Kroger and Albertsons to sell stores in bid to alleviate concerns over merger

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Kroger and Albertsons to sell stores in bid to alleviate concerns over merger

As reported by Reuters, Kroger, and Albertsons, two U.S. supermarket operators are looking to sell between 250 and 300 stores as divestitures. 

This would be an attempt to ease U.S. lawmakers' and consumer advocacy groups’ concerns over their combination, who fear it could lead to increased grocery prices.

The Federal Trade Commission (FTC) is currently reviewing the proposed acquisition of Albertsons by Kroger for $24.6 billion. 

Both companies operate 4,996 stores throughout the country and the ones they intend to sell have a cost of more than $1 billion. 

Sources, which asked to remain anonymous, told Reuters, “The companies have started to sound out potential buyers for the stores and have been discussing their plans with the FTC to get its blessing.” 

They added that potential buyers for the stores include rival grocery store operators that are looking to expand their U.S. footprint, like Netherlands- based Ahold Delhaize.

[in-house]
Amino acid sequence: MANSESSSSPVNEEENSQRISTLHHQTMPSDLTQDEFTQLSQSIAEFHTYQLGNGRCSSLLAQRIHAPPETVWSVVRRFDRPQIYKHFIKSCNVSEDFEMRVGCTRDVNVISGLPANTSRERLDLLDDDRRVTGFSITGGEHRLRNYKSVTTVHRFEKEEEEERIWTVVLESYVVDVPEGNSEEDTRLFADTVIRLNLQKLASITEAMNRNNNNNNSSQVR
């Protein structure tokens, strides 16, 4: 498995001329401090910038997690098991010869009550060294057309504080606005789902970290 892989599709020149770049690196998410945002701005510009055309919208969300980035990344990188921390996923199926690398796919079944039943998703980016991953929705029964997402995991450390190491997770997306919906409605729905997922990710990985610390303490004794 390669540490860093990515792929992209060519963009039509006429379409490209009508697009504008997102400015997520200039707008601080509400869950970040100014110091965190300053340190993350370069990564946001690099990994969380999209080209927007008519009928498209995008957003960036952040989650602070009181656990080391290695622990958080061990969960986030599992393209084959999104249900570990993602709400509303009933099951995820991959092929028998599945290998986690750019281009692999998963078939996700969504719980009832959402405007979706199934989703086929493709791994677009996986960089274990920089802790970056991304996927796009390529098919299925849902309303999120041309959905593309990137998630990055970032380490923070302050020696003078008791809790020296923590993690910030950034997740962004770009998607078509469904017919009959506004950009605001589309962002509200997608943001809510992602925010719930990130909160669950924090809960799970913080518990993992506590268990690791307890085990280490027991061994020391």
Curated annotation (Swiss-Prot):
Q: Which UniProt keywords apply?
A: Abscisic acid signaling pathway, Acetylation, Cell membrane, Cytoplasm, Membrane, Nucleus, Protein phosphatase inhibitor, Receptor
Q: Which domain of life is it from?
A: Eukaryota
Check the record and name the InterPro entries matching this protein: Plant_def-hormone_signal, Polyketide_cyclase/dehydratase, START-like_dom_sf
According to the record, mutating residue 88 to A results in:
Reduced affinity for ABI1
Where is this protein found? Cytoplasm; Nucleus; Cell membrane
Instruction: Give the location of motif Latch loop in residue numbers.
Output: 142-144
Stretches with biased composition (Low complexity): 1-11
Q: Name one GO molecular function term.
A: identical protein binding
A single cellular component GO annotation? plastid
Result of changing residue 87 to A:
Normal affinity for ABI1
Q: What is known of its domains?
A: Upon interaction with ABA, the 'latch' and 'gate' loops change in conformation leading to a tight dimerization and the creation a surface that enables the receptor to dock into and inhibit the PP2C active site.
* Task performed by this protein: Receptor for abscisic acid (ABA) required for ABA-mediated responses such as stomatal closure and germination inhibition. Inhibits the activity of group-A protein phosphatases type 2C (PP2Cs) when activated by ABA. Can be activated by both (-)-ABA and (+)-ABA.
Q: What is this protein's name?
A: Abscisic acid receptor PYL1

According to experts, it all goes down to how financially viable these stores are. 

The reason that the FTC is skeptical about the decision is a previous acquisition from Albertsons who bought Safeway for $9 billion in 2014. 

On that occasion, Albertsons was given clearance to sell 146 stores to Hagge, a West Coast regional grocer. However, months later, Haggen filed for bankruptcy, blaming its downfall on the deal with Albertsons. Albertsons then agreed to buy many of the stores back for $300 million.

A partner at law firm Clifford Chance told Reuters that the only chance that Albertsons and Kroger have is to “make sure they are shedding stores that can be formidable enough competitors in the eyes of the FTC.”

So far, Kroger, Alberton’s, and the FTC have declined to make any comments. 

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